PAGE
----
Bread pudding, once known as poor man’s pudding, has come a long way since its humble beginnings. It evolved as a use for stale bread. Today’s bread puddings, however, take advantage of fresh, gourmet breads, such as brioche, and include expensive ingredients, such as vanilla beans, flavored liquors, gourmet cheese, or pecans. It has shaken its modest origins and now shows up on the dessert menus of upscale restaurants and creative home cooks.

For us it is the ultimate comfort food and we love how versatility it is. The dish is made by layering bits of bread (or leftover muffins, croissants, buns, you get the idea) with any imaginable addition from fruit, to liquor, to spices, to leftover chocolate, in a dish and soaking it in a custard sauce before baking. It bakes up golden and fluffy and as if that isn’t enough it is often drizzled in creamy flavorful sauces. Seriously, what’s not to love?

The Basic:

Start with a basic bread pudding. I usually tear a loaf of challah bread into a large bowl. In a medium saucepan heat 3 cups milk (or half and half, or 2 cups milk and 1 cup heavy cream) with 3 tablespoons butter just until butter is melted. Pour over bread and let sit 15 minutes to cool. In a small bowl whisk 3 eggs with 1/2 cup sugar until it is smooth ad thick. Add 2 teaspoons vanilla (or vanilla bean). Gently mix into the bread mixture. Let the bread sit and soak, making sure that the bread is sufficiently moist before it goes into the oven. Pour the mixture into a greased pan or casserole. Bake in a preheated 350°F oven for 45 minutes, or until puffy and no liquid is visible when a knife is inserted. Let cool to room temperature. Sprinkle with powdered sugar and serve.

Add Some Yum:

Serve with fresh berries and a basic vanilla sauce.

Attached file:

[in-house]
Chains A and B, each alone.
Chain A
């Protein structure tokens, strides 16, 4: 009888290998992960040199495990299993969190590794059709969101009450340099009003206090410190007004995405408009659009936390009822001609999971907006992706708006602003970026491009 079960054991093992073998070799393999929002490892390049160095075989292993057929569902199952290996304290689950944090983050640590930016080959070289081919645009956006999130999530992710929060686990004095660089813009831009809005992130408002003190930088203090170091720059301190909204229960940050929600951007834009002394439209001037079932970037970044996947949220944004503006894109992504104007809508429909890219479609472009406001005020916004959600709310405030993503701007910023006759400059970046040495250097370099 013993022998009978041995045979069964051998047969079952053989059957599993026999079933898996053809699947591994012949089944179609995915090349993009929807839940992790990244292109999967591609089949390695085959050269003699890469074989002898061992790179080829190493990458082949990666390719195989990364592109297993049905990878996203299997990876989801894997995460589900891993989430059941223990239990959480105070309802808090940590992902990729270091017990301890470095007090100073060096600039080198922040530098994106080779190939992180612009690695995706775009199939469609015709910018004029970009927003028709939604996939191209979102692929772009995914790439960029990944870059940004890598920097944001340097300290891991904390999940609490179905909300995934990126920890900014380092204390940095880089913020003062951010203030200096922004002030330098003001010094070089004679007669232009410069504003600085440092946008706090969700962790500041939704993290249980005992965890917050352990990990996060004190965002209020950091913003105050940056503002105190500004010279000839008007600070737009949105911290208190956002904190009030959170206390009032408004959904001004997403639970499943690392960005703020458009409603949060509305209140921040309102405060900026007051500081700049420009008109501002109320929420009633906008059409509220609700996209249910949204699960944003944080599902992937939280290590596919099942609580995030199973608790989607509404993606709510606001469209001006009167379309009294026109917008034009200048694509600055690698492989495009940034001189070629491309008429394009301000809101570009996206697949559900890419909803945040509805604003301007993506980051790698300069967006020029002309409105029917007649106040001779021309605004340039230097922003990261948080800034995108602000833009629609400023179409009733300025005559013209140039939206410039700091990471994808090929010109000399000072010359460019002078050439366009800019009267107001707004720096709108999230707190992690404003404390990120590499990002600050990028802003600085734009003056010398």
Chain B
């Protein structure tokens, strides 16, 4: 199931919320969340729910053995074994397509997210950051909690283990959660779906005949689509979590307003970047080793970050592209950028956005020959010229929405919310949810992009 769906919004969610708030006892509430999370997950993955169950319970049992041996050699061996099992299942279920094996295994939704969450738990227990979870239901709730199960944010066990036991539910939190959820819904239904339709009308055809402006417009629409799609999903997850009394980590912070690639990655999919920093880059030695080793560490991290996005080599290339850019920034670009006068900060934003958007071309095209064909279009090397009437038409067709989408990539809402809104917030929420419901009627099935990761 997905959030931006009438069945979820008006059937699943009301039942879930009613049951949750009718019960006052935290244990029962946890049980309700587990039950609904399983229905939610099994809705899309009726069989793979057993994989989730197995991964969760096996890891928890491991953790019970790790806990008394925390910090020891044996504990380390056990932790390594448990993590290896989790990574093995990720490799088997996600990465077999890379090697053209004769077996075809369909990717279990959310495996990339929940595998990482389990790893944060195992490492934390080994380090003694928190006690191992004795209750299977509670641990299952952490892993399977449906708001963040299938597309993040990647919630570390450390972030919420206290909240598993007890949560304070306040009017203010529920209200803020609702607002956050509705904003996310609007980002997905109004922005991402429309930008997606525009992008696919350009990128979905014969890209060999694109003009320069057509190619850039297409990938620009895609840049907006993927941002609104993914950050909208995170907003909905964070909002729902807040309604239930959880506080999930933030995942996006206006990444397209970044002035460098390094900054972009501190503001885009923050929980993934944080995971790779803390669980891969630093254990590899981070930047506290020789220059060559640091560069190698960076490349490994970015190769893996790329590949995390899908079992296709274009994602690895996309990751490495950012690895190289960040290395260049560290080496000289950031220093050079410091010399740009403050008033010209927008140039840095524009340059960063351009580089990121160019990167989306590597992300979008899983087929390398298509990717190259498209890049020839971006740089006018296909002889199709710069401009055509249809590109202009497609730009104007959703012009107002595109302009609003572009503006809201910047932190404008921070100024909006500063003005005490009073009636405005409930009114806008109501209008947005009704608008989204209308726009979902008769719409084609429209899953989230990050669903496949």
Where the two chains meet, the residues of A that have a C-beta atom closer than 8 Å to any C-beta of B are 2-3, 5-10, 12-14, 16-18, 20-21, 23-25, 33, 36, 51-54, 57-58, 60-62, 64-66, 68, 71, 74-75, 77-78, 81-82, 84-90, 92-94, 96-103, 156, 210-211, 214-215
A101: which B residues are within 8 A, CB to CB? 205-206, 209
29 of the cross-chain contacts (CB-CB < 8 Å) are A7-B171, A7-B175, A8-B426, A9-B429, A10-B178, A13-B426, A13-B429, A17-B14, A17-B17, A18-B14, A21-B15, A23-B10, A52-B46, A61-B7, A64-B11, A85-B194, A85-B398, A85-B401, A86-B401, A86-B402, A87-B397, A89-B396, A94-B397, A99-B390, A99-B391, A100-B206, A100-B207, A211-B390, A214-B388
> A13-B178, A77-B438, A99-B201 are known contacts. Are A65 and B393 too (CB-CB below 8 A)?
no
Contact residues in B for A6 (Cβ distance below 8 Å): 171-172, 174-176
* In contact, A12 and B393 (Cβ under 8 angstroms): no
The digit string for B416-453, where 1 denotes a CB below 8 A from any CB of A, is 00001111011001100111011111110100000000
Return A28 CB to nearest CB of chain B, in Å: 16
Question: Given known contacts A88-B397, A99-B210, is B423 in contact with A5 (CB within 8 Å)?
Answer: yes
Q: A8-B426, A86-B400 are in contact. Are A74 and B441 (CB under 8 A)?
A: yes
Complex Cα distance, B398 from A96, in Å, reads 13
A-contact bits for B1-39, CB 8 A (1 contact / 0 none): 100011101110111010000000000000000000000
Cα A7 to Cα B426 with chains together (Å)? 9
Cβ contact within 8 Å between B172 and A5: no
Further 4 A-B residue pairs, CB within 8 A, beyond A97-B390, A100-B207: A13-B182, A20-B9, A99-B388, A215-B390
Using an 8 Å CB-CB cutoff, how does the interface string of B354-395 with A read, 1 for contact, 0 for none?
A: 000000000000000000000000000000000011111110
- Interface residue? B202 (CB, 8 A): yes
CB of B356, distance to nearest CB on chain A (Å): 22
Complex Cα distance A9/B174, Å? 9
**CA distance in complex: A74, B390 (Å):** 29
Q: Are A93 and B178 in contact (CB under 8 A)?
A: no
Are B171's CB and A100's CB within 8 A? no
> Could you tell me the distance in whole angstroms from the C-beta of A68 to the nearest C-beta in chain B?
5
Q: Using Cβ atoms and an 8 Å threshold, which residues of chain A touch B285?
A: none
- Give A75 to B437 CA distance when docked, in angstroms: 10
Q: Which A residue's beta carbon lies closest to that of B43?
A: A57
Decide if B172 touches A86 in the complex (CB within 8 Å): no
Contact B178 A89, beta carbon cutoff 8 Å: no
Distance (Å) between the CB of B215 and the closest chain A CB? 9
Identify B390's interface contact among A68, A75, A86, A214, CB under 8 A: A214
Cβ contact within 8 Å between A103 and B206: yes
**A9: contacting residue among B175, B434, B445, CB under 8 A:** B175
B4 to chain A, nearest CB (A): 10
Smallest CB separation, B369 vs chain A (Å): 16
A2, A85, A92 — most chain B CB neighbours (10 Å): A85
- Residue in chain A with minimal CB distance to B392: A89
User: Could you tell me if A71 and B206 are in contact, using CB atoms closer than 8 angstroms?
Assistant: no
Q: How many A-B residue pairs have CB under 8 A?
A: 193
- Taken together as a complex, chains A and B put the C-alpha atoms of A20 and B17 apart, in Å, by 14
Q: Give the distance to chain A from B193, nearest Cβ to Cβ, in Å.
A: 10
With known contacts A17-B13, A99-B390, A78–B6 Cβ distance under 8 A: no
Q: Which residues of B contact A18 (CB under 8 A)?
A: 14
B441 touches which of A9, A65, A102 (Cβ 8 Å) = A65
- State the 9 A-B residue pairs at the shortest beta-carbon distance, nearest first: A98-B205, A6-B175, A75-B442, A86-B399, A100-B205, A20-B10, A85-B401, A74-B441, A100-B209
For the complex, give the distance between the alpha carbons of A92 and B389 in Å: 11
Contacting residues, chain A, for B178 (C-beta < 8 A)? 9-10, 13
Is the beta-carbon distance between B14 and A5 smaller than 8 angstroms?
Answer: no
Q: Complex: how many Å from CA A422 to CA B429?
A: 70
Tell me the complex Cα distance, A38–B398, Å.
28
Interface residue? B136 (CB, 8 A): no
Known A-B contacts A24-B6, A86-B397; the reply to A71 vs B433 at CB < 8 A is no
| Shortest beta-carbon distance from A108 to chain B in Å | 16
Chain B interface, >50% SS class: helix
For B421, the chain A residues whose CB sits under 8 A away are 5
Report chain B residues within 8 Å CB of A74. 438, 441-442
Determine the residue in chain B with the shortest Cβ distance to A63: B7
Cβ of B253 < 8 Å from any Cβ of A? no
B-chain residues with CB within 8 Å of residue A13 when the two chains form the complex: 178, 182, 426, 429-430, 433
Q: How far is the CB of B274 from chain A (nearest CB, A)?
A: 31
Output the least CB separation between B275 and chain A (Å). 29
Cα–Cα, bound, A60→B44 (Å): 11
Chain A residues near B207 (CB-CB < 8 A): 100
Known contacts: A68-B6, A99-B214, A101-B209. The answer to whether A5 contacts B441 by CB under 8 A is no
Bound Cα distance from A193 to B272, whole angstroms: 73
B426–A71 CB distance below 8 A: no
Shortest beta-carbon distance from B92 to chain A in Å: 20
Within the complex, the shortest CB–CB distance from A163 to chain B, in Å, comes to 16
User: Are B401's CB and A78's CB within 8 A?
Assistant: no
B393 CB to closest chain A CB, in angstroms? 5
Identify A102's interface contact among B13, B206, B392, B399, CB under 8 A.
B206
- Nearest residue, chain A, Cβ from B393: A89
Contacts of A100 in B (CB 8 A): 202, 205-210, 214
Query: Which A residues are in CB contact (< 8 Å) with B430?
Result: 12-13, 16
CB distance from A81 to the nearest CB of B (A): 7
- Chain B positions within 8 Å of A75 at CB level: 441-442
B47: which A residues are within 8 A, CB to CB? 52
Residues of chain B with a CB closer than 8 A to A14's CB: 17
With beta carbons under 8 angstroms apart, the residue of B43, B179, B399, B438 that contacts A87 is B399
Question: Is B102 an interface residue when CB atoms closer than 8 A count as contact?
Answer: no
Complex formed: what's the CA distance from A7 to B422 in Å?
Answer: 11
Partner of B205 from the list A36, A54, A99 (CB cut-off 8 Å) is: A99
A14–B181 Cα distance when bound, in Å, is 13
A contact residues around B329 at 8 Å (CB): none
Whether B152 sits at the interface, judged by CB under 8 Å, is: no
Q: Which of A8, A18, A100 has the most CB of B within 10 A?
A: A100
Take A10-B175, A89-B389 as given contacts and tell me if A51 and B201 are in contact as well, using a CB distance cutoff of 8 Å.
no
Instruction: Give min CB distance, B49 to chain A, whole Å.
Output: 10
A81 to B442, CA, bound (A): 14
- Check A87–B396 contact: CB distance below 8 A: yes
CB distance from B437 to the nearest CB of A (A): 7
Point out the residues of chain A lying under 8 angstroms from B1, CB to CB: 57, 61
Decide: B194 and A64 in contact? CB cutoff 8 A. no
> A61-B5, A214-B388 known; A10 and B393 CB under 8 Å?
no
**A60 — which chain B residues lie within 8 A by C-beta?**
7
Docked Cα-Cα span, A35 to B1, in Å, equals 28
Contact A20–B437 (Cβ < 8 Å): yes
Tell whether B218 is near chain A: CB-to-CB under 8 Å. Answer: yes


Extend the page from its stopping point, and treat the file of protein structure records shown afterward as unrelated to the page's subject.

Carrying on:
Raspberry Bread Pudding:

Bread Pudding with raspberries

Follow the basic recipe but add 1/2 pint fresh raspberries when adding the vanilla. While the bread is cooling make the white chocolate sauce: In a small saucepan, heat ½ cup half and half with the beans from a 1-inch slice of vanilla pod. When it starts to boil, remove from heat. Add 2 teaspoons unsalted butter and 8 ounces white chocolate that has been chopped into small pieces. Whisk until smooth. Spoon the white chocolate sauce onto a serving dish. Set a slice of raspberry bread pudding in the center. Drizzle with caramel sauce and top with whipped cream. Serve immediately.

Caramel Whiskey Bread Pudding:

Combine 1 cup raisins and 1/2 cup caramel whiskey in a small saucepan. Heat just to a simmer, cover and set aside. Make the basic bread pudding as listed above, but add 1/2 pint of blueberries, 1 teaspoon cinnamon, and the drunken raisins when adding the vanilla. While the bread pudding is baking make the pudding sauce: Melt 1 stick unsalted butter; stir in 1 cup brown sugar and 1 beaten egg. Simmer to thicken. Stir in 1/4 cup caramel whiskey, 1/4 cup milk and keep warm until ready to use. Serve with bread.

Lemon Meringue Tart

These Lemon Meringue Tarts are filled with a bold burst of lemon wrapped in a buttery flaky crust with a perfect swirl of slightly sweetened meringue.

Lemon Meringue Tart

Cedar Oak Farms
Prep Time 45 mins
Cook Time 18 mins
Course Dessert
Cuisine Traditional
Servings 12


  • 2 cups flour
  • 1/2 cup powdered sugar
  • salt
  • 1/2 cup cold butter plus some butter to grease the molds, cubed
  • 2 lemons
  • 2 eggs
  • 3/4 cup sugar, divided
  • 4 teaspoons cornstarch
  • 4 ounces creme fraiche


  • In a food processor bowl add the flour, powdered sugar, and a pinch of salt. Pulse 1 – 2 times to mix. Add the butter cubes and pulse until dough is crumbly with peas-sized pieces. Add about 2 tablespoons cold water and pulse into a smooth dough. Wrap in foil and refrigerate for at least 30 minutes.
  • Preheat oven to 375°F. Brush a tartlet mold with butter. I just used a 12-cup muffin tin.
  • Roll butter pastry on a floured work surface. Then cut with a cookie cutter circles of about 3-inches in diameter. Carefully place them in the molds and press all the way to the edge. Cut away the overhanging dough with a knife.
  • Place some dough weights or beans in cups to weigh the dough down to prevent shrinking or buckling. Bake for 10 minutes, remove the weights and bake another 5 – 8 minutes, or until golden brown. .
  • In the meantime, zest and juice the lemons.
  • Separate eggs. Add the egg yolks to the lemon juice, zest, 1/2 cup sugar, cornstarch and 1/2 cup water in a saucepan, stir well and heat on the stove with constant stirring until a pudding-like consistency. Stir in crème fraîche.
  • Carefully pour the lemon cream into the pastry tarts and let cool in the fridge.
  • For the meringue beat the egg whites with a pinch of salt until stiff, gradually adding 1/4 cup sugar.
  • Pour egg whites into a piping bag with star spout and pipe on the lemon cream. Flush the meringue briefly with a flambéer.
Keyword Pies & Tarts